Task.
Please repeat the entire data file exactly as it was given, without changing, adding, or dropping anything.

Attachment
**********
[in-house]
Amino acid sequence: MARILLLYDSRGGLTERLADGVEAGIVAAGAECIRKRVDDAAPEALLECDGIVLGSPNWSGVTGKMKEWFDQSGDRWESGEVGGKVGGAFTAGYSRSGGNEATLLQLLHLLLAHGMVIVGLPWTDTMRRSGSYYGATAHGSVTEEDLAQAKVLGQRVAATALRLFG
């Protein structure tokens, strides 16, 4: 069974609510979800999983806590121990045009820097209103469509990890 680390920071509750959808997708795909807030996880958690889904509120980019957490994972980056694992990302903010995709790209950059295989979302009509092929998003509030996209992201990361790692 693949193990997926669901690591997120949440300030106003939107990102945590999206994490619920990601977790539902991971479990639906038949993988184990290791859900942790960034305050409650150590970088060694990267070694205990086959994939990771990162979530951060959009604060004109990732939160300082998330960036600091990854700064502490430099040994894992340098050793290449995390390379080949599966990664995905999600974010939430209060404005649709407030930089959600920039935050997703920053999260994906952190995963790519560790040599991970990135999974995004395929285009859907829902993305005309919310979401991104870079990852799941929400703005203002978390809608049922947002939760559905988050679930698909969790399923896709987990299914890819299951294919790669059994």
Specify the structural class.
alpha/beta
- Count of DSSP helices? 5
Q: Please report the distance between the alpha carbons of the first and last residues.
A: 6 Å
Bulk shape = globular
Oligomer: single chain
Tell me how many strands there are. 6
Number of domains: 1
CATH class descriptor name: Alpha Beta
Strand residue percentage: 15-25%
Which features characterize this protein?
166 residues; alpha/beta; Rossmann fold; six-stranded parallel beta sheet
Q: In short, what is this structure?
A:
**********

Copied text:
[in-house]
Amino acid sequence: MARILLLYDSRGGLTERLADGVEAGIVAAGAECIRKRVDDAAPEALLECDGIVLGSPNWSGVTGKMKEWFDQSGDRWESGEVGGKVGGAFTAGYSRSGGNEATLLQLLHLLLAHGMVIVGLPWTDTMRRSGSYYGATAHGSVTEEDLAQAKVLGQRVAATALRLFG
């Protein structure tokens, strides 16, 4: 069974609510979800999983806590121990045009820097209103469509990890 680390920071509750959808997708795909807030996880958690889904509120980019957490994972980056694992990302903010995709790209950059295989979302009509092929998003509030996209992201990361790692 693949193990997926669901690591997120949440300030106003939107990102945590999206994490619920990601977790539902991971479990639906038949993988184990290791859900942790960034305050409650150590970088060694990267070694205990086959994939990771990162979530951060959009604060004109990732939160300082998330960036600091990854700064502490430099040994894992340098050793290449995390390379080949599966990664995905999600974010939430209060404005649709407030930089959600920039935050997703920053999260994906952190995963790519560790040599991970990135999974995004395929285009859907829902993305005309919310979401991104870079990852799941929400703005203002978390809608049922947002939760559905988050679930698909969790399923896709987990299914890819299951294919790669059994």
Specify the structural class.
alpha/beta
- Count of DSSP helices? 5
Q: Please report the distance between the alpha carbons of the first and last residues.
A: 6 Å
Bulk shape = globular
Oligomer: single chain
Tell me how many strands there are. 6
Number of domains: 1
CATH class descriptor name: Alpha Beta
Strand residue percentage: 15-25%
Which features characterize this protein?
166 residues; alpha/beta; Rossmann fold; six-stranded parallel beta sheet
Q: In short, what is this structure?
A: